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As per the heading, is it possible to add AIC to some previously computed models based on the stats I have (which include $r^2$, its p-value, $\sigma$ for each variable individually)?

They are all bivariate models, though with some calibration parameters (I know the number of parameters in each model to feed into AIC).

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(If that's not enough I also have bivariate linear regression results (parameters for best fit line, including $F$ statistic, and $\sigma$ and $t$ for the gradient and intercept); though I don't think, for a bivariate model in which I don't care about the means, that fundamentally tells me anything different does it?)

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  • $\begingroup$ Oh dear, I'd better paste that again (can't find how to edit it!) $\endgroup$ – Sideshow Bob Jun 23 '14 at 14:22
  • $\begingroup$ The current answers do not contain enough detail. Putting a bounty on this as I'd like to express AIC directly in terms of n, r2 and p(the number of parameters). Frank has given a good initial answer and what I want to know should be a simple variable substitution from that, except that it′s not clear what he means by 'degrees of freedom' − could be p or n-p. $\endgroup$ – Sideshow Bob Jun 23 '14 at 14:23
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    $\begingroup$ $AIC = n \cdot ln \left( RSS/n \right) + 2 \cdot k$ where $n$ is number of data points, $RSS$ is residual sum of squares, and $K$ is the number of parameters in the model. This assumes that the inequality $n/K < 40 $ is true, otherwise you want to use corrected AIC, or $AIC_c$. You can get RSS from ($R^2$) if you know the residual sum of squares to the mean, as well as to your fit function. $R^2=1-\frac {RSS_{fit}} {RSS_{mean}}$. Many fit programs provide RSS directly. $\endgroup$ – EngrStudent Jun 23 '14 at 14:32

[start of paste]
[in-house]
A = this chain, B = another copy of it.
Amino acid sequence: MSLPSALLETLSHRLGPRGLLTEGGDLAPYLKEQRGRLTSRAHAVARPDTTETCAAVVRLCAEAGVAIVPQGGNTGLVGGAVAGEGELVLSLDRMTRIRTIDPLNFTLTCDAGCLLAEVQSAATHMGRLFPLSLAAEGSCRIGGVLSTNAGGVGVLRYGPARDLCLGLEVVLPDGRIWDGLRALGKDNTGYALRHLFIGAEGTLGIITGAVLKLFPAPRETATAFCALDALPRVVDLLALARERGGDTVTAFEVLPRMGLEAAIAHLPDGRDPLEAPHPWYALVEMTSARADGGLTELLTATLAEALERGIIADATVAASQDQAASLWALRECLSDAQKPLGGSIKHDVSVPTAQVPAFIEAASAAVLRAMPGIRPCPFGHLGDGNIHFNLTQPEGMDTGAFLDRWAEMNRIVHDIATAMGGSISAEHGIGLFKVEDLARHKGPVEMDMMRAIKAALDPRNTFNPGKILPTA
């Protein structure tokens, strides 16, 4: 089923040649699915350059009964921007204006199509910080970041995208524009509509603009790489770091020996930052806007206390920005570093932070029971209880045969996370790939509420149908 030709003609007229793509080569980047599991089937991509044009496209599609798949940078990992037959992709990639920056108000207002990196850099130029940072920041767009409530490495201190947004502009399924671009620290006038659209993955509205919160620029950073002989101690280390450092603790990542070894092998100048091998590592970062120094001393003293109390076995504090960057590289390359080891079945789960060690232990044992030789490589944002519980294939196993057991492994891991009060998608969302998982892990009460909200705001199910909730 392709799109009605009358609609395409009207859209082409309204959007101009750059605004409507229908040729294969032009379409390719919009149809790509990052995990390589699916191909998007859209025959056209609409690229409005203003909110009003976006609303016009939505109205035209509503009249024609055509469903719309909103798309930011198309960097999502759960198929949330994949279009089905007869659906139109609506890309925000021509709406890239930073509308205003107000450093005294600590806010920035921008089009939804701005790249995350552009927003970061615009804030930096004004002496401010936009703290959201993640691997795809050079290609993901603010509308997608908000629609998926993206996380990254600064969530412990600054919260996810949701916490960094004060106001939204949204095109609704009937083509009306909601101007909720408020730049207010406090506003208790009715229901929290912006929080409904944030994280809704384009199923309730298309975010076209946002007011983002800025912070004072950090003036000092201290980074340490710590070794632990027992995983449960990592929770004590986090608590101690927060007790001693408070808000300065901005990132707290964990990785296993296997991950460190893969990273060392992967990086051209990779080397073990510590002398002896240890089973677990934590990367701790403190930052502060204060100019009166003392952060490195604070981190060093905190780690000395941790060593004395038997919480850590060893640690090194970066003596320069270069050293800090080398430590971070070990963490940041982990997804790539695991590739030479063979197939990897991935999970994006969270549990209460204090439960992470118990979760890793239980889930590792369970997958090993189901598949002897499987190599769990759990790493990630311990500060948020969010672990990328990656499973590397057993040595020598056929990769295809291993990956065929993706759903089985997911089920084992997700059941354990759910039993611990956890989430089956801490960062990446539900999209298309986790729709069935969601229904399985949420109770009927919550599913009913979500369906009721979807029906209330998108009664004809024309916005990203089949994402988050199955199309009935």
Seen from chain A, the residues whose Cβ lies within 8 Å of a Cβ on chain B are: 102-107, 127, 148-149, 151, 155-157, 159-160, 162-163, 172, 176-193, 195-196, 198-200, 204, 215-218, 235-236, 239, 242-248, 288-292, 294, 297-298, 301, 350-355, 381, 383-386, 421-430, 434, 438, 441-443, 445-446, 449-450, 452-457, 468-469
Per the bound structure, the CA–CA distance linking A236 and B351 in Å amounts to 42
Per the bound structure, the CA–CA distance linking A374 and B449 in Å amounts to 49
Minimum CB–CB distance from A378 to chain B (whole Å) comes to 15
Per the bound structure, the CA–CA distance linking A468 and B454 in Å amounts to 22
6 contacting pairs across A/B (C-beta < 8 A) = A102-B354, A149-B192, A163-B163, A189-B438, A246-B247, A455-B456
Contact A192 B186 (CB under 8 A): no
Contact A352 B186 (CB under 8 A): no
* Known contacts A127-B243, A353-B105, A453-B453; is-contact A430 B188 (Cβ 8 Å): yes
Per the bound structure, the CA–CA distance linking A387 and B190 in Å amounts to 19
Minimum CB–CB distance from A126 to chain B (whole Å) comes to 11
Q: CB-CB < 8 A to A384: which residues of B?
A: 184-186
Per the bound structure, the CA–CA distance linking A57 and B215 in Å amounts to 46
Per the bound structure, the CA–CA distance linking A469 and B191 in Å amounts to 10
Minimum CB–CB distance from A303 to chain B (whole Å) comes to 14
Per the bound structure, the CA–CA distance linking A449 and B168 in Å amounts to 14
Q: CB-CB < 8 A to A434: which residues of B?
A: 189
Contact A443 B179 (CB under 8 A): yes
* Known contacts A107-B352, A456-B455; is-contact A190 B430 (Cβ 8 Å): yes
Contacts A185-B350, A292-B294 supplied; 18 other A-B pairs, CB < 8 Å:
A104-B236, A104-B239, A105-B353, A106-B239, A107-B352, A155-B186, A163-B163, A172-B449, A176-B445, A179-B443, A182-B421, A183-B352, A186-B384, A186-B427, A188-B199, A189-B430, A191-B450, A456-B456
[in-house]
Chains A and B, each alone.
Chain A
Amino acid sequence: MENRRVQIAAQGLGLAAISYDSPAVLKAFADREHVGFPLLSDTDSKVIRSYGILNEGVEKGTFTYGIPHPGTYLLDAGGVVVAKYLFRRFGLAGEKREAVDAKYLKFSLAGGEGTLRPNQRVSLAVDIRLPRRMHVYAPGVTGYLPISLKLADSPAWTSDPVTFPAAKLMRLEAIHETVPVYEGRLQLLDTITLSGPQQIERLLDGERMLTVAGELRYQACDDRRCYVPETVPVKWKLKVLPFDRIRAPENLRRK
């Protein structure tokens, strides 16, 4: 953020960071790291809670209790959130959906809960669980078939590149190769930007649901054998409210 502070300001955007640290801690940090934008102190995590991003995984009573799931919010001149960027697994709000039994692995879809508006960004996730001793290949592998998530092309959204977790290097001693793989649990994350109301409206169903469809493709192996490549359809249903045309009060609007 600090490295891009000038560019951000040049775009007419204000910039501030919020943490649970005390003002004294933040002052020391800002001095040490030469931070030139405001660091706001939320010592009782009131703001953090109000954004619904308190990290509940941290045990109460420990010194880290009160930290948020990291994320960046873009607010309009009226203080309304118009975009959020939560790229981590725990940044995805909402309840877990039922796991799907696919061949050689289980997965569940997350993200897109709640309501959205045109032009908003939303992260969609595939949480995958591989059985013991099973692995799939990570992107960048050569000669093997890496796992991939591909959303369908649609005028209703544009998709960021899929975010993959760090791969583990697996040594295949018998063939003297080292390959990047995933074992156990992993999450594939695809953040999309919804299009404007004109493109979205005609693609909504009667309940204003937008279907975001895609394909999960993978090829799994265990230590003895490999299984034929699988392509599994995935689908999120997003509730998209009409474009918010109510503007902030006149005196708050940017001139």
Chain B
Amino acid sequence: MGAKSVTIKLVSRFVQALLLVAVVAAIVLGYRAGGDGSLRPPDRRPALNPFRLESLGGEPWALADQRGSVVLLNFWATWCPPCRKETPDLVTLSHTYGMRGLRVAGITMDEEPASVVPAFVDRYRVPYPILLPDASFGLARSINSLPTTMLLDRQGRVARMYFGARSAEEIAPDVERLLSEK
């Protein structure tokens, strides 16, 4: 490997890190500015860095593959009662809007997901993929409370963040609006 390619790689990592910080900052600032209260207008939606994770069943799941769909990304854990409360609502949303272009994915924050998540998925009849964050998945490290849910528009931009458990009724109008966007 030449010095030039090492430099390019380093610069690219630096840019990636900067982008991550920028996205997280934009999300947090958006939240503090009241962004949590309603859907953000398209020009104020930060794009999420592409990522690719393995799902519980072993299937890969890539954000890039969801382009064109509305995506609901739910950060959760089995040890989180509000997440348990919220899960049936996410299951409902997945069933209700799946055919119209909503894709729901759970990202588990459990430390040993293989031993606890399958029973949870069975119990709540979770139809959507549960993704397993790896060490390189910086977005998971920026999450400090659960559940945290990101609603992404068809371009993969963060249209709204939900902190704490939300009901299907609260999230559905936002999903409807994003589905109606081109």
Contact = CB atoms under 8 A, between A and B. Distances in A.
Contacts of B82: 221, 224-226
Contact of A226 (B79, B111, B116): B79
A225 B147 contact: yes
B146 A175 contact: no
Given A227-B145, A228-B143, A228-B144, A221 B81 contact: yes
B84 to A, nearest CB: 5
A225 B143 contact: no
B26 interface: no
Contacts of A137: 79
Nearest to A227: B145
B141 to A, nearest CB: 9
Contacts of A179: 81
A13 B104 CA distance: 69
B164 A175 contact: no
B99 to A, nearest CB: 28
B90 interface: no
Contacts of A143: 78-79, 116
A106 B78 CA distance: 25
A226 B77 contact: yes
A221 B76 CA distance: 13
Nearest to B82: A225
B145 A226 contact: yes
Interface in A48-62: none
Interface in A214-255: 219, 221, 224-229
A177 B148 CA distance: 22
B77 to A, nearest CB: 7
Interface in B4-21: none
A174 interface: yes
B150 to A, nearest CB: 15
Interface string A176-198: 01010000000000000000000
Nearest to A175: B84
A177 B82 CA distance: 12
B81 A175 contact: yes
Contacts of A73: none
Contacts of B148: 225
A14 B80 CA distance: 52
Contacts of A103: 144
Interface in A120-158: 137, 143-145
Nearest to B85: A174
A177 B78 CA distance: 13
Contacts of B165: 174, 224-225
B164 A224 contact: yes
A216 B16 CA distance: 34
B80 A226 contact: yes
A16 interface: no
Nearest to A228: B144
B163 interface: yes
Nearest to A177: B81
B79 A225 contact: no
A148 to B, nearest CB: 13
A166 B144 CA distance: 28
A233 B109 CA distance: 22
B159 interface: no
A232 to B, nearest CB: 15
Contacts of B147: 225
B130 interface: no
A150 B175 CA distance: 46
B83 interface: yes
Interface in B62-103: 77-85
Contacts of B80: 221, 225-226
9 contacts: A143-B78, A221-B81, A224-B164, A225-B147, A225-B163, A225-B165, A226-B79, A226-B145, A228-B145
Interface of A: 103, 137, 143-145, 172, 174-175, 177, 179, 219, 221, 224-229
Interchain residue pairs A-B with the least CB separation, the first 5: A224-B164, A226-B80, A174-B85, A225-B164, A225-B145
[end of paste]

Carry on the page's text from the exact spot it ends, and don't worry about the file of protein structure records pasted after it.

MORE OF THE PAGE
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I'm not sure how to exactly get AIC (i.e., which term to add) but you can use the likelihood ratio $\chi^2$ statistic minus twice the degrees of freedom as a substitute in many cases, and $\chi^{2} = - n \times \log(1 - R^{2})$ for a Gaussian model.

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  • $\begingroup$ So you are saying $AIC \approx -n log (1-R^2) - 2(DF)$ where $DF = n - p$ and $p$ is the number of parameters in the model? $\endgroup$ – Sideshow Bob Jun 18 '14 at 12:27
  • $\begingroup$ Can this be used to compare goodness of fit across two models which use different data points? $\endgroup$ – Sideshow Bob Jun 18 '14 at 13:01
  • $\begingroup$ Hang on - doesn't low $R^2$ therefore imply low $\chi^2$ and hence low AIC? Shouldn't low $R^2$ mean a worse (higher) AIC not better? $\endgroup$ – Sideshow Bob Jun 18 '14 at 13:29
  • $\begingroup$ And do you mean $log$ or $ln$? $\endgroup$ – Sideshow Bob Jun 18 '14 at 13:31
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    $\begingroup$ You want numerator d.f. p not error d.f. n-p-1 $\endgroup$ – Frank Harrell Jun 23 '14 at 14:35

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